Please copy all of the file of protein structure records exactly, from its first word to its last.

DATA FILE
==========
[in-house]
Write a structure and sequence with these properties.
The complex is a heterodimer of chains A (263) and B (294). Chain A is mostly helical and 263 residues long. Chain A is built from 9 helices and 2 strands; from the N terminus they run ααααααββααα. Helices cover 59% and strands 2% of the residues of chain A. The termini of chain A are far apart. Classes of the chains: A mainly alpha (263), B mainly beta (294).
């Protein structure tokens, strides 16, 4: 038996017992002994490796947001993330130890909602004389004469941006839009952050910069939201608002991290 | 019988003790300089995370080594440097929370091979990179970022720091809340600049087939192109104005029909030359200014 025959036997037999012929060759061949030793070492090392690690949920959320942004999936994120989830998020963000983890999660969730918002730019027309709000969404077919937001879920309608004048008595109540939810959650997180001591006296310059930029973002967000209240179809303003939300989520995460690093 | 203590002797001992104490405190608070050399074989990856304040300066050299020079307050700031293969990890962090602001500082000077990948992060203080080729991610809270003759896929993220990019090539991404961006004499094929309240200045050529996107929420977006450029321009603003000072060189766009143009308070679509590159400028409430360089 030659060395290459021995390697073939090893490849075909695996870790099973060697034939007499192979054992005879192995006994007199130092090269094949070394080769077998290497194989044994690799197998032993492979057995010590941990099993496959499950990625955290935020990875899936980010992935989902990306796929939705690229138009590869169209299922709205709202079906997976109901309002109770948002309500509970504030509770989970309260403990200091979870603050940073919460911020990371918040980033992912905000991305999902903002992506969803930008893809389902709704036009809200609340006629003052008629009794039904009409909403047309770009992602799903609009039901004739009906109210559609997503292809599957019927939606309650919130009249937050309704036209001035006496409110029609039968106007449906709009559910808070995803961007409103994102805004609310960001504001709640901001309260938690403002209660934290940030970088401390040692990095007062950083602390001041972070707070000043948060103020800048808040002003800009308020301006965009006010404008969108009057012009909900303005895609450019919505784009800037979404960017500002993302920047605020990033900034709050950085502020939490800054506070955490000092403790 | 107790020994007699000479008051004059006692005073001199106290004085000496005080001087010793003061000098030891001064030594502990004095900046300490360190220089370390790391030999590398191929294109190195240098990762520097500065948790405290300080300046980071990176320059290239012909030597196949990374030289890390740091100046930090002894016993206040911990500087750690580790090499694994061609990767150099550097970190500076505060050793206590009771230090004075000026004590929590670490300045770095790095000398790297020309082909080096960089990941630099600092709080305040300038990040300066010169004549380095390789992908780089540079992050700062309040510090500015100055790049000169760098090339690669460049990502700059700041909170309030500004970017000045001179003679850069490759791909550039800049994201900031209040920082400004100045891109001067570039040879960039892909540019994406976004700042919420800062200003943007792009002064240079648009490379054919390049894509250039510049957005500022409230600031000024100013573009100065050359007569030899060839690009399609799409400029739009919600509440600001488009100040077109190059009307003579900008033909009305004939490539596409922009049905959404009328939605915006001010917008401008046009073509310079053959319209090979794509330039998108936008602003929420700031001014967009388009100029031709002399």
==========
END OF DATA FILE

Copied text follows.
[in-house]
Write a structure and sequence with these properties.
The complex is a heterodimer of chains A (263) and B (294). Chain A is mostly helical and 263 residues long. Chain A is built from 9 helices and 2 strands; from the N terminus they run ααααααββααα. Helices cover 59% and strands 2% of the residues of chain A. The termini of chain A are far apart. Classes of the chains: A mainly alpha (263), B mainly beta (294).
């Protein structure tokens, strides 16, 4: 038996017992002994490796947001993330130890909602004389004469941006839009952050910069939201608002991290 | 019988003790300089995370080594440097929370091979990179970022720091809340600049087939192109104005029909030359200014 025959036997037999012929060759061949030793070492090392690690949920959320942004999936994120989830998020963000983890999660969730918002730019027309709000969404077919937001879920309608004048008595109540939810959650997180001591006296310059930029973002967000209240179809303003939300989520995460690093 | 203590002797001992104490405190608070050399074989990856304040300066050299020079307050700031293969990890962090602001500082000077990948992060203080080729991610809270003759896929993220990019090539991404961006004499094929309240200045050529996107929420977006450029321009603003000072060189766009143009308070679509590159400028409430360089 030659060395290459021995390697073939090893490849075909695996870790099973060697034939007499192979054992005879192995006994007199130092090269094949070394080769077998290497194989044994690799197998032993492979057995010590941990099993496959499950990625955290935020990875899936980010992935989902990306796929939705690229138009590869169209299922709205709202079906997976109901309002109770948002309500509970504030509770989970309260403990200091979870603050940073919460911020990371918040980033992912905000991305999902903002992506969803930008893809389902709704036009809200609340006629003052008629009794039904009409909403047309770009992602799903609009039901004739009906109210559609997503292809599957019927939606309650919130009249937050309704036209001035006496409110029609039968106007449906709009559910808070995803961007409103994102805004609310960001504001709640901001309260938690403002209660934290940030970088401390040692990095007062950083602390001041972070707070000043948060103020800048808040002003800009308020301006965009006010404008969108009057012009909900303005895609450019919505784009800037979404960017500002993302920047605020990033900034709050950085502020939490800054506070955490000092403790 | 107790020994007699000479008051004059006692005073001199106290004085000496005080001087010793003061000098030891001064030594502990004095900046300490360190220089370390790391030999590398191929294109190195240098990762520097500065948790405290300080300046980071990176320059290239012909030597196949990374030289890390740091100046930090002894016993206040911990500087750690580790090499694994061609990767150099550097970190500076505060050793206590009771230090004075000026004590929590670490300045770095790095000398790297020309082909080096960089990941630099600092709080305040300038990040300066010169004549380095390789992908780089540079992050700062309040510090500015100055790049000169760098090339690669460049990502700059700041909170309030500004970017000045001179003679850069490759791909550039800049994201900031209040920082400004100045891109001067570039040879960039892909540019994406976004700042919420800062200003943007792009002064240079648009490379054919390049894509250039510049957005500022409230600031000024100013573009100065050359007569030899060839690009399609799409400029739009919600509440600001488009100040077109190059009307003579900008033909009305004939490539596409922009049905959404009328939605915006001010917008401008046009073509310079053959319209090979794509330039998108936008602003929420700031001014967009388009100029031709002399």